European, North American LPs push Gunn’s cattle fund to final close

Two execs at the firm, which hopes to reach A$200m in AUM upon full deployment, say Canadian pensions are entering Australia ‘en masse and in a simultaneous fashion.’

Sydney-based Gunn Agri Partners has held its fourth and final close on its flagship Cattle Fund.

The firm declined to disclose how much has been raised in total but said it expects its assets under management to reach A$200 million ($154 million; €125 million) after deployment of all fund commitments.

Launched in late 2015, the vehicle targets IRRs of 10-13 percent through yield and capital growth, Bradley Wheaton, managing partner at Gunn, told Agri Investor. Its LP base comprises pension funds, endowments and sophisticated private investors including high-net-worth individuals, he said.

Investors came primarily from Europe and North America, with a sliver of commitments also originating from Asia and Australia. “This is interesting but it’s exactly what we anticipated,” Gunn chief executive Alan Hoppe told Agri Investor. “This is where there is demand for the sort of risk-and-return profile that the market offers. Australia is growing but remains way behind Europe and America.”

He observed that Canadian investors, in particular, had moved into the sector “en masse and in a simultaneous fashion,” noting that there was a flurry of medium-sized pension plans “moving into the space and into Australia.”

Buy-and-build strategy

Hoppe observed that, while the Cattle Fund is a closed-end vehicle, Gunn remains agnostic about structure. Indeed, the firm is currently developing two other strategies – in almond and row crops, respectively – that will focus on club deals funded through separately managed accounts.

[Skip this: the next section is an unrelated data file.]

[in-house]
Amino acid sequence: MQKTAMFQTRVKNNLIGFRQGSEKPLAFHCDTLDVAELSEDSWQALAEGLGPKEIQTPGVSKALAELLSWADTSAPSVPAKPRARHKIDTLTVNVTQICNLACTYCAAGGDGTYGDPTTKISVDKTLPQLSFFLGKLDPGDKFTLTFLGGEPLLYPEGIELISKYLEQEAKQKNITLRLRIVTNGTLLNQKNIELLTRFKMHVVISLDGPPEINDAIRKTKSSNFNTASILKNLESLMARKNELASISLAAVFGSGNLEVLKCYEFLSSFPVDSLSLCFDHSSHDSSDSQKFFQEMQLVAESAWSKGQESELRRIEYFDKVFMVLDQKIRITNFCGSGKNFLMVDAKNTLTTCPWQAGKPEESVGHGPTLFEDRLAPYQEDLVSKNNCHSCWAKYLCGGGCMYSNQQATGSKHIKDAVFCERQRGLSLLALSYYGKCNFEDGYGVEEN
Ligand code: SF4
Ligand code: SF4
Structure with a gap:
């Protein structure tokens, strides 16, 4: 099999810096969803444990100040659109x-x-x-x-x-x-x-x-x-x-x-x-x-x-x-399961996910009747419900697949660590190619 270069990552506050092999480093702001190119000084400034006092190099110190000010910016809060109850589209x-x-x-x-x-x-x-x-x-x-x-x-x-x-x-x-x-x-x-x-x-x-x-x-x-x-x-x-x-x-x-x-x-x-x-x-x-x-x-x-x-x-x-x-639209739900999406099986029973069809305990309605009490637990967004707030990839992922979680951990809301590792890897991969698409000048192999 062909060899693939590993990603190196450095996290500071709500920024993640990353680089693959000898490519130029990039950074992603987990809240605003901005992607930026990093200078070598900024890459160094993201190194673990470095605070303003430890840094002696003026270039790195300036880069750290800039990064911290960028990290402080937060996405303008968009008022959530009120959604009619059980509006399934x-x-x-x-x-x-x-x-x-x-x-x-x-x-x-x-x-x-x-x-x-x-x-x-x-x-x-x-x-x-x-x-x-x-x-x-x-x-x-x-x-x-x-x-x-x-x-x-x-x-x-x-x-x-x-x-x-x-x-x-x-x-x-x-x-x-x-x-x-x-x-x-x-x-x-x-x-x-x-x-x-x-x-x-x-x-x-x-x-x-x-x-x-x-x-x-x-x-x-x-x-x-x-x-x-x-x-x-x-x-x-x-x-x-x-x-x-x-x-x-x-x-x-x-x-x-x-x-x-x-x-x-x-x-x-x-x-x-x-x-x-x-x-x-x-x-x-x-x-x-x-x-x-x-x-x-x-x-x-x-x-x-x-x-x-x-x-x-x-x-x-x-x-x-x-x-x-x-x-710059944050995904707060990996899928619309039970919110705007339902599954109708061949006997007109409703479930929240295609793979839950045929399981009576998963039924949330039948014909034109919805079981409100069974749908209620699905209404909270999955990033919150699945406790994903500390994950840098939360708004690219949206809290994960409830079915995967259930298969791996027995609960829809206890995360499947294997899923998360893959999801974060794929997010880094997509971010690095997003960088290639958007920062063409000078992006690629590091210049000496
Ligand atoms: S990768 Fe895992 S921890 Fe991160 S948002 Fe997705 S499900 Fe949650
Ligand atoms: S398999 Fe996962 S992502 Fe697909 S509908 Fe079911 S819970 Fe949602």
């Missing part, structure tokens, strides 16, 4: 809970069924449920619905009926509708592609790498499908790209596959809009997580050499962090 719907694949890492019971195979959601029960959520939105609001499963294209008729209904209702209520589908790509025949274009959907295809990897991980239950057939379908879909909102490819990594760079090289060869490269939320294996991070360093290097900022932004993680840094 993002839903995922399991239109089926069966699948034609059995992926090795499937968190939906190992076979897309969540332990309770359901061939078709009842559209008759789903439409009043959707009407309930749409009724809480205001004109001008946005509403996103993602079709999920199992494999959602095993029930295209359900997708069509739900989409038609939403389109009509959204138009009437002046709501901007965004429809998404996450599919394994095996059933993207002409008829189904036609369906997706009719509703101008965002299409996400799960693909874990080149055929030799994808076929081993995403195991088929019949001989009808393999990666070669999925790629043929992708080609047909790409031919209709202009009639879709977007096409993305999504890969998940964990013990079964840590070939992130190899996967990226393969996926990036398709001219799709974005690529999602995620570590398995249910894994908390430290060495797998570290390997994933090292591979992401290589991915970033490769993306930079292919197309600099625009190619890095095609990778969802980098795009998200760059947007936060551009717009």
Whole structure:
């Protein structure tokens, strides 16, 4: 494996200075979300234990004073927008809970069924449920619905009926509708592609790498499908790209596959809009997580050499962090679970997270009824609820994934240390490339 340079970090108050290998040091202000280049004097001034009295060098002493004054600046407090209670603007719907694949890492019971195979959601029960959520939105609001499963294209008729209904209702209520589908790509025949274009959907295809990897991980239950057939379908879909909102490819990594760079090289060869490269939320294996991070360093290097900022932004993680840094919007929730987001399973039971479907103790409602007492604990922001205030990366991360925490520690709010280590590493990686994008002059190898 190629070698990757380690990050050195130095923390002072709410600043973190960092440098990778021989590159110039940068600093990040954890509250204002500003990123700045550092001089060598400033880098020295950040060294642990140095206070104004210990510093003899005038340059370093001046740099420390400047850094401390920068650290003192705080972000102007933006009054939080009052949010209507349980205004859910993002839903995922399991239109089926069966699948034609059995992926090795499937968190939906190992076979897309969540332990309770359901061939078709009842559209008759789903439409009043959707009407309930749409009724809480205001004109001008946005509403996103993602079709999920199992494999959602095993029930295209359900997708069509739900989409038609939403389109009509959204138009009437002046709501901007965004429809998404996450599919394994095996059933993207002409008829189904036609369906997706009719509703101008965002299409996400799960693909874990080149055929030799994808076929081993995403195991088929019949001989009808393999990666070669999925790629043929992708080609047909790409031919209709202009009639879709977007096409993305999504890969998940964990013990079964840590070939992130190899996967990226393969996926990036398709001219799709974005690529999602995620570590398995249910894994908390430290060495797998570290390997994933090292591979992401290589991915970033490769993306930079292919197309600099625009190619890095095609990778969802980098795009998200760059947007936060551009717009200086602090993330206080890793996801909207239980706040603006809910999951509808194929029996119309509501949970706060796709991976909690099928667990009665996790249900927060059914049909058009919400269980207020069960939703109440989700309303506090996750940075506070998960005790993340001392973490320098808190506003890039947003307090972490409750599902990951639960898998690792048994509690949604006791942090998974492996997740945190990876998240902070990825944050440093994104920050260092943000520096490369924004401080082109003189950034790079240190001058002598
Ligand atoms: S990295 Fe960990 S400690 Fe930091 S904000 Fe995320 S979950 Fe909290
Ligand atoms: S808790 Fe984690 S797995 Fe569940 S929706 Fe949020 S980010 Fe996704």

But livestock required something bigger. “In this case we and the investors recognized that scale was a very important part of profitability in the Northern Australian beef industry, so we thought the fund was the best structure,” Hoppe said.

“It’s called the Agri Cattle Fund but could have been called the Agri Grass Fund. We’re very focused on turning grass into beef. And we’re selling products at farm gate, so we’re not involved in downstream processing.”

“We’re competing with other mums and dads rather than large institutions. We’re often the radar”
Alan Hoppe

Hoppe described the fund’s area of focus as the “most fragmented part of the industry,” where operating “at scale” while using technology to bring down costs could help generate sizeable benefits.

“We’re targeting those markets in Southeast Asia, buoyed by the rising middle class, rather than restaurants in Japan or the US. We’re offering a quality product at a lower price point.”
When asked whether competition was not heating up in that precise segment, he observed that mega-deals sealed in recent years – such as NAPCO or S Kidman – were largely trusted by investors willing to “pay a premium” to buy an existing portfolio of assets.

In contrast, he explained, “we’re going after farms that are smaller in size.” He noted that recent purchases have spanned the A$5 million to A$40 million range.

“We’re competing with other mums and dads rather than large institutions. We’re often the radar. Our strategy is to build rather than buy portfolios,” he said.